Eighteen years on, West Indies’ thrashing by Australia in the first Test in Hobart last weekend bears uncanny similarities to their predecessors’ routs in all three Tests in Pakistan in November and December 1997. It is a case of the more things change, the more they remain the same in West Indies cricket.
Even several of the West Indies’ main characters from the Pakistan whitewash are still involved. Clive Lloyd, then manager, is now chief selector. Courtney Walsh, the captain at the time, is selector on tour in Australia. Curtly Ambrose, Walsh’s fearsome partner in pace, is the team’s bowling consultant. Head coach Phil Simmons batted in the middle order in Pakistan, Stuart Williams opened. They were in Hobart as head coach and his assistant.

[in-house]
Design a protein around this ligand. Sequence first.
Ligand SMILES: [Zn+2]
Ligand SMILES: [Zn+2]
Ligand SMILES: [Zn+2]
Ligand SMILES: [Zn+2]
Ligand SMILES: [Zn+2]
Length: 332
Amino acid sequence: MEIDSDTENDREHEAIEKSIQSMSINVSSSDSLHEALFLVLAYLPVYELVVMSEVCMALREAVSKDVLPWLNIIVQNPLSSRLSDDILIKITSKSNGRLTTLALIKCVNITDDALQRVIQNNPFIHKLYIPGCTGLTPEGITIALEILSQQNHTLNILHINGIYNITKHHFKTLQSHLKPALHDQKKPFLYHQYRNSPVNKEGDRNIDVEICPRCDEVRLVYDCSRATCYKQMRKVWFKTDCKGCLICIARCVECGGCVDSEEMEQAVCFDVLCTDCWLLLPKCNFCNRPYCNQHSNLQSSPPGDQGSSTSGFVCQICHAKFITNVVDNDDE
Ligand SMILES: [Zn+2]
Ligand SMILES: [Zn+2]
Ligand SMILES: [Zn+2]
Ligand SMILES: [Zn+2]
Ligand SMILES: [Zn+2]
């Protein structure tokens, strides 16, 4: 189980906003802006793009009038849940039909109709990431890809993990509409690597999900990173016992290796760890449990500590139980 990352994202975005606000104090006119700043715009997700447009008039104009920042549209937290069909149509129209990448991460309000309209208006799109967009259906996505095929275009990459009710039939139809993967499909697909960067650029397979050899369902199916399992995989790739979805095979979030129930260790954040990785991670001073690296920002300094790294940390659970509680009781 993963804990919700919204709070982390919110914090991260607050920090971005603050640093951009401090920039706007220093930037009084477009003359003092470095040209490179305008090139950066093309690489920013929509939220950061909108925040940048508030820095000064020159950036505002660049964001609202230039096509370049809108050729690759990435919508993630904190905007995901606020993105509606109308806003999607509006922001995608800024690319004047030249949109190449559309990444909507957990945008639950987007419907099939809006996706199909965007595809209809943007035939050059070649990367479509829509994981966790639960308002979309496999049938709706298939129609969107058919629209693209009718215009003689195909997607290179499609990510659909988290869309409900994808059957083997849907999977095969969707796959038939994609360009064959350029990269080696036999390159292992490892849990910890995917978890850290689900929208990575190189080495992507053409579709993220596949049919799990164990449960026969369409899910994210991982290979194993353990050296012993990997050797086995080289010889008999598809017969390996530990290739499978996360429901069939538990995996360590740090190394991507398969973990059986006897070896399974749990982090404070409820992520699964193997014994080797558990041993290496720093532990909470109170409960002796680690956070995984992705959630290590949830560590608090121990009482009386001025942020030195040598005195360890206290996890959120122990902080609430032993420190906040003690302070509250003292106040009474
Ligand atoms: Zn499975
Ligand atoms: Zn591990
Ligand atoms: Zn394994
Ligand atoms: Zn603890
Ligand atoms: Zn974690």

Grenada prime minister Keith Mitchell remains in the thick of things. After Pakistan, he was concerned enough to press CARICOM (Caribbean Community) governments to discuss the state of West Indies cricket. He now heads the CARICOM sub-committee on cricket and is the prime mover behind the recent damning Barriteau report on the governance of the West Indies Cricket Board.
The teams in Pakistan and Australia both went into their assignments unsettled by off-field upheavals. The issue prior to Pakistan was the captaincy; it was never far below the surface.
The problems leading into Australia were the confusion over the suspension and subsequent reinstatement of head coach Simmons, a matter initially triggered by the contentious omission of the ever-dependable Shivnarine Chanderpaul from the two Tests against Australia in the Caribbean in June.